Monday, December 13, 2010

2010 M&A DOTY Nominee: Teva/ratiopharm

It's time for the IN VIVO Blog's Third Annual Deal of the Year! competition. This year we're presenting awards in three categories to highlight the most interesting and creative deal making solutions of the year. The categories are: M&A Deal of the Year, Alliance Deal of the Year, and Exit/Financing Deal of the Year. We'll supply the nominations (four or five in each category throughout December) and you, the voting public, will decide the winners (by voting early and often, commencing once we've announced all the nominees). Strap yourselves in, it's The Race for the Roger™.

There's suicide. There's red-hot competition. There's rumors of personal CEO visits. There's even some Kindler (remember him? That industry veteran who headed up the world's biggest drug company and then retired one Sunday to recharge his batteries?). With that line-up, how could anyone not vote for Teva's acquisition of ratiopharm for M&A Deal of the Year?

We (the Teva/ratiopharm supporters, I know you're out there in your hundreds) don't need snazzy deal structures, CVNs, CVRs or anything else. Nothing clever. Just a good old story of a good old fight, with money of course, for an apparently attractive -- yet vulnerable -- target. And a relevant one, at that: generics has been the the decade's new hot target for pharma. (Pharma beyond Novartis, that is).

Germany's number-two generics firm had been up for sale since January 2009, following Adolf Merckle's suicide. (He and his family controlled VEM Holding, ratiopharm's owner, but was hit by the financial crisis.) The company had to go; that was the deal VEM struck with its angry creditor banks. Towards the end of the process, there were believed to be three suitors, Pfizer, Actavis and Teva.

It looked, at one point, as if Pfizer would win it; Kindler, after all, was reported to have been spotted visiting the company's Ulm headquarters in March 2010, just before the winner was announced. (Last-ditch effort on Kindler's part? Was this disappointment one of the reasons he, errm, left?)

Pfizer wanted ratiopharm since Pfizer needed -- needs -- all the revenue it can get (including in those surer-fire sectors like generics, where it and several of its Big Pharma peers have laid significant stakes), in order to offset the impact of generic Lipitor. ratiopharm offered a strong European presence, and some emerging market holdings too.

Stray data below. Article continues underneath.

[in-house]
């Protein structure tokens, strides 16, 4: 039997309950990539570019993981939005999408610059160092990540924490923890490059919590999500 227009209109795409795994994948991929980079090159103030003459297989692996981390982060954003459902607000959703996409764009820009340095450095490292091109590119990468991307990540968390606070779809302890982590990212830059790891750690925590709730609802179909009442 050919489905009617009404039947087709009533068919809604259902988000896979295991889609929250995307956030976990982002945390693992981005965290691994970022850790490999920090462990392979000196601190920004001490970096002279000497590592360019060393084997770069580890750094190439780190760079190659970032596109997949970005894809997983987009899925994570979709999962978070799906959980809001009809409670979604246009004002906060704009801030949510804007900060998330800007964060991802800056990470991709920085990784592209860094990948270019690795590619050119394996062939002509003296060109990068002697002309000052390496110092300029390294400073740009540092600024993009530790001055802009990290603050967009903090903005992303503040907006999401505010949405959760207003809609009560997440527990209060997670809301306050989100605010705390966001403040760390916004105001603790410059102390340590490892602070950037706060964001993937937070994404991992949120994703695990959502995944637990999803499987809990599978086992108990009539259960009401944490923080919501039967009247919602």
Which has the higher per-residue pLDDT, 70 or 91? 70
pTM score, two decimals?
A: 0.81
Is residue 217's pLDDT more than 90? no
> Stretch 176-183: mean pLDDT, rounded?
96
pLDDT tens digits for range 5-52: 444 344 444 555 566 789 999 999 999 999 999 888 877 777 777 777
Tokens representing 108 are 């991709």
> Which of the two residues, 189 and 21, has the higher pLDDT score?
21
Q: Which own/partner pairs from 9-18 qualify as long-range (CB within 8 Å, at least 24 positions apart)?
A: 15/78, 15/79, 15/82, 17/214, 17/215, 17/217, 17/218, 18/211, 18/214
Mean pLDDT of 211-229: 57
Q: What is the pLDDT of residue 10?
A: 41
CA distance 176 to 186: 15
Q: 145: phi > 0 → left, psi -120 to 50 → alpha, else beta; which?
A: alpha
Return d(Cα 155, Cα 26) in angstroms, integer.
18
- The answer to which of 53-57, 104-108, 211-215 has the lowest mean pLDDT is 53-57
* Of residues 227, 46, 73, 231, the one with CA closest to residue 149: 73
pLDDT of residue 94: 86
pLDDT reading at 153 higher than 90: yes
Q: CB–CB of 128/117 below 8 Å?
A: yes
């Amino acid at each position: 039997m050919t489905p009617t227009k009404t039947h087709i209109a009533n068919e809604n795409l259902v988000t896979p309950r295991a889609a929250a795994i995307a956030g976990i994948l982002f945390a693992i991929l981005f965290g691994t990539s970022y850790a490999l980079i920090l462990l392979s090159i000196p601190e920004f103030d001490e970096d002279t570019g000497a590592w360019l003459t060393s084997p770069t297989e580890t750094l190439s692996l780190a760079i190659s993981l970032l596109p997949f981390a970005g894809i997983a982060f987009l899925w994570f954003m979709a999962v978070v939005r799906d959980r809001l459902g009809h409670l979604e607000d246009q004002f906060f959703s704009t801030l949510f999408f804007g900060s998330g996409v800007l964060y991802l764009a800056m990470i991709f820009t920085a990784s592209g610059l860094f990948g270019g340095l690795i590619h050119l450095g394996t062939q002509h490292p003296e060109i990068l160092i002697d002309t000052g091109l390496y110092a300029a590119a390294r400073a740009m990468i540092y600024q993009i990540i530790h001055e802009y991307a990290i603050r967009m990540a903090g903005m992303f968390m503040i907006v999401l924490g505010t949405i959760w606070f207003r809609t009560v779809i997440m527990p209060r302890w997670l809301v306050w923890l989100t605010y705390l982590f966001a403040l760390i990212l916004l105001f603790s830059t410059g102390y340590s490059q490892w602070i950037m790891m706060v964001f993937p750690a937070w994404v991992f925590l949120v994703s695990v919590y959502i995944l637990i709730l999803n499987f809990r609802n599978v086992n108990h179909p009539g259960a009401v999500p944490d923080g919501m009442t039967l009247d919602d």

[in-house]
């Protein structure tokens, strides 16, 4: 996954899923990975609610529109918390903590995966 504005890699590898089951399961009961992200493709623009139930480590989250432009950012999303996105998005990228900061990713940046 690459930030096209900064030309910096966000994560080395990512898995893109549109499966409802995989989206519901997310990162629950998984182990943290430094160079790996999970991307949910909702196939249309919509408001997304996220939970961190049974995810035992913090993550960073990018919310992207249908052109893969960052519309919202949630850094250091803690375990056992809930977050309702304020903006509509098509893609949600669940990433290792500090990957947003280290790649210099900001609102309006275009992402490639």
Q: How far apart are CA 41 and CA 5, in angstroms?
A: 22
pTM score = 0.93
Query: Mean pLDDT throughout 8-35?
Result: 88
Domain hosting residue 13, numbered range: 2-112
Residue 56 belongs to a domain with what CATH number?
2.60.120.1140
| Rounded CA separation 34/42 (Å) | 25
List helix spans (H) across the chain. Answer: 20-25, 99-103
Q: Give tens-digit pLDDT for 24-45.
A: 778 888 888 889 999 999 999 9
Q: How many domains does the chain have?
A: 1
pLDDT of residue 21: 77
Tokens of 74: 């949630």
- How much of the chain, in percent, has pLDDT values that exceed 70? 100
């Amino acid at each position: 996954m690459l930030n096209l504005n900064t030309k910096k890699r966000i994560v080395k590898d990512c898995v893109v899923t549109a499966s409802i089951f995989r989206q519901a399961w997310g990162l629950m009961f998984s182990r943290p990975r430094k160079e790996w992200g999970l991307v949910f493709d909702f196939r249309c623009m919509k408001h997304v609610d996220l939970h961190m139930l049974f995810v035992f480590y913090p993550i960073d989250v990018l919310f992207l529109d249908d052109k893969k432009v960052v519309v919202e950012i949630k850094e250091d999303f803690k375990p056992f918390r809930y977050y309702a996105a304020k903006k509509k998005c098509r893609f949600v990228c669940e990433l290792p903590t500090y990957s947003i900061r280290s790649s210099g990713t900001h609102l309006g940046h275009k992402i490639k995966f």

But Teva was hungry too, and Teva does this -- generics -- for a living. It's renowned in its aggression determination. The company had been on an acquisition binge for the previous decade, building up to almost $14 billion in annual sales in 2009 (that, by the way, is about Lipitor-sized), and the plan, announced January, was to double that again in 2015.

Given that, and Teva's very weak position in Germany, the largest European market, and it's easy to see why the Israeli group did stump up $4.9 billion for the booty, including $820 million in debt--exceeding analysts' expectations, and apparently also exceeding what even Pfizer was willing to pay. Teva needed to solidify its position in the European generics sector, where it promised sales would increase to $9 billion from just over $5 billion in 2009.

Never mind that Germany is one of the toughest markets when it comes to generics pricing: for the last 3-4 years, companies have been competing on price via a tendering process for two-year sole-supply contracts to the country's sick funds, saving said funds hundreds of millions of Euros. Indeed, this 'all or nothing' set-up makes it even more important that Teva has a place at the table with major customers, as Teva's European CEO put it to our Pink Sheet DAILY reporter. ratiopharm had done very well at winning tenders.

So as well as providing a good, meaty fight with a strong cast, this deal is a finger-on-the-pulse of the decade's industry trends: generics' new sexiness, payer-driven pricing pressure (will Germany become a template in that regard?), and oh, yes, we forgot to mention, emerging markets (ratiopharm had a bit of that) and follow-on biologics (ratiopharm had a bit of that, too, via its BioGenerics division).

In fact, are there any reasons not to vote for it?

Ulm cathedral image by flickr user donvanone used under a creative commons license

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